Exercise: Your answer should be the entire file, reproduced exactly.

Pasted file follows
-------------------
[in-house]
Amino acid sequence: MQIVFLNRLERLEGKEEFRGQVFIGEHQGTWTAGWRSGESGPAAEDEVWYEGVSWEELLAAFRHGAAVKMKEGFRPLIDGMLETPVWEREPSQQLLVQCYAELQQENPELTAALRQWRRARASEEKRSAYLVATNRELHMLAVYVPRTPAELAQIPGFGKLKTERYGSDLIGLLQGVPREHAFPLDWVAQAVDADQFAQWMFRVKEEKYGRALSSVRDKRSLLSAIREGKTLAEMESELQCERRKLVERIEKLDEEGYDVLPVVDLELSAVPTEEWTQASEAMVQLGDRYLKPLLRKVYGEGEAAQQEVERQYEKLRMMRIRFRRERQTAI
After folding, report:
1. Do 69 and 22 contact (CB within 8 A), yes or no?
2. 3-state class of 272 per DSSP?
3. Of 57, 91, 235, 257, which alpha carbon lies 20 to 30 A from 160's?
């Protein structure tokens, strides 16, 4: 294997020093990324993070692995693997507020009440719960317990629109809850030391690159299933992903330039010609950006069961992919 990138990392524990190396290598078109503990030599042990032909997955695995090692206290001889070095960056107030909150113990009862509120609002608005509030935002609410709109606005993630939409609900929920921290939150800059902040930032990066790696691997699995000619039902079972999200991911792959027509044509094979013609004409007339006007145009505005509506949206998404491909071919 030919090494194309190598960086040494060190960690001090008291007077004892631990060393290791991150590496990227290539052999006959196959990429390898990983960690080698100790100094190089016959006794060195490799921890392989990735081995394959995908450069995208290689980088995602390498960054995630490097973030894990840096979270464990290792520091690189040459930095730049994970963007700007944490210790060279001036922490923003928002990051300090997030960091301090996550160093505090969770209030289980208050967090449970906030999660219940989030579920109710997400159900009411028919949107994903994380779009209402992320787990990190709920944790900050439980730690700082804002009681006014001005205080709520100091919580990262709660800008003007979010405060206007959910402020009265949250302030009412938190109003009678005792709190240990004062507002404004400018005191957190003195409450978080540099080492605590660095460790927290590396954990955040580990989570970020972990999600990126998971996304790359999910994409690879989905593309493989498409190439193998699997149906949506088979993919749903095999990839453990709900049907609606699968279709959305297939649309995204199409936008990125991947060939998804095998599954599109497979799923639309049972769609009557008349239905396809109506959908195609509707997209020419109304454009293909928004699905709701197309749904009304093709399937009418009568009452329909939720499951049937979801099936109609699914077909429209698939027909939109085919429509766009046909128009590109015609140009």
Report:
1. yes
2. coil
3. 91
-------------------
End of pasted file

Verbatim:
[in-house]
Amino acid sequence: MQIVFLNRLERLEGKEEFRGQVFIGEHQGTWTAGWRSGESGPAAEDEVWYEGVSWEELLAAFRHGAAVKMKEGFRPLIDGMLETPVWEREPSQQLLVQCYAELQQENPELTAALRQWRRARASEEKRSAYLVATNRELHMLAVYVPRTPAELAQIPGFGKLKTERYGSDLIGLLQGVPREHAFPLDWVAQAVDADQFAQWMFRVKEEKYGRALSSVRDKRSLLSAIREGKTLAEMESELQCERRKLVERIEKLDEEGYDVLPVVDLELSAVPTEEWTQASEAMVQLGDRYLKPLLRKVYGEGEAAQQEVERQYEKLRMMRIRFRRERQTAI
After folding, report:
1. Do 69 and 22 contact (CB within 8 A), yes or no?
2. 3-state class of 272 per DSSP?
3. Of 57, 91, 235, 257, which alpha carbon lies 20 to 30 A from 160's?
């Protein structure tokens, strides 16, 4: 294997020093990324993070692995693997507020009440719960317990629109809850030391690159299933992903330039010609950006069961992919 990138990392524990190396290598078109503990030599042990032909997955695995090692206290001889070095960056107030909150113990009862509120609002608005509030935002609410709109606005993630939409609900929920921290939150800059902040930032990066790696691997699995000619039902079972999200991911792959027509044509094979013609004409007339006007145009505005509506949206998404491909071919 030919090494194309190598960086040494060190960690001090008291007077004892631990060393290791991150590496990227290539052999006959196959990429390898990983960690080698100790100094190089016959006794060195490799921890392989990735081995394959995908450069995208290689980088995602390498960054995630490097973030894990840096979270464990290792520091690189040459930095730049994970963007700007944490210790060279001036922490923003928002990051300090997030960091301090996550160093505090969770209030289980208050967090449970906030999660219940989030579920109710997400159900009411028919949107994903994380779009209402992320787990990190709920944790900050439980730690700082804002009681006014001005205080709520100091919580990262709660800008003007979010405060206007959910402020009265949250302030009412938190109003009678005792709190240990004062507002404004400018005191957190003195409450978080540099080492605590660095460790927290590396954990955040580990989570970020972990999600990126998971996304790359999910994409690879989905593309493989498409190439193998699997149906949506088979993919749903095999990839453990709900049907609606699968279709959305297939649309995204199409936008990125991947060939998804095998599954599109497979799923639309049972769609009557008349239905396809109506959908195609509707997209020419109304454009293909928004699905709701197309749904009304093709399937009418009568009452329909939720499951049937979801099936109609699914077909429209698939027909939109085919429509766009046909128009590109015609140009």
Report:
1. yes
2. coil
3. 91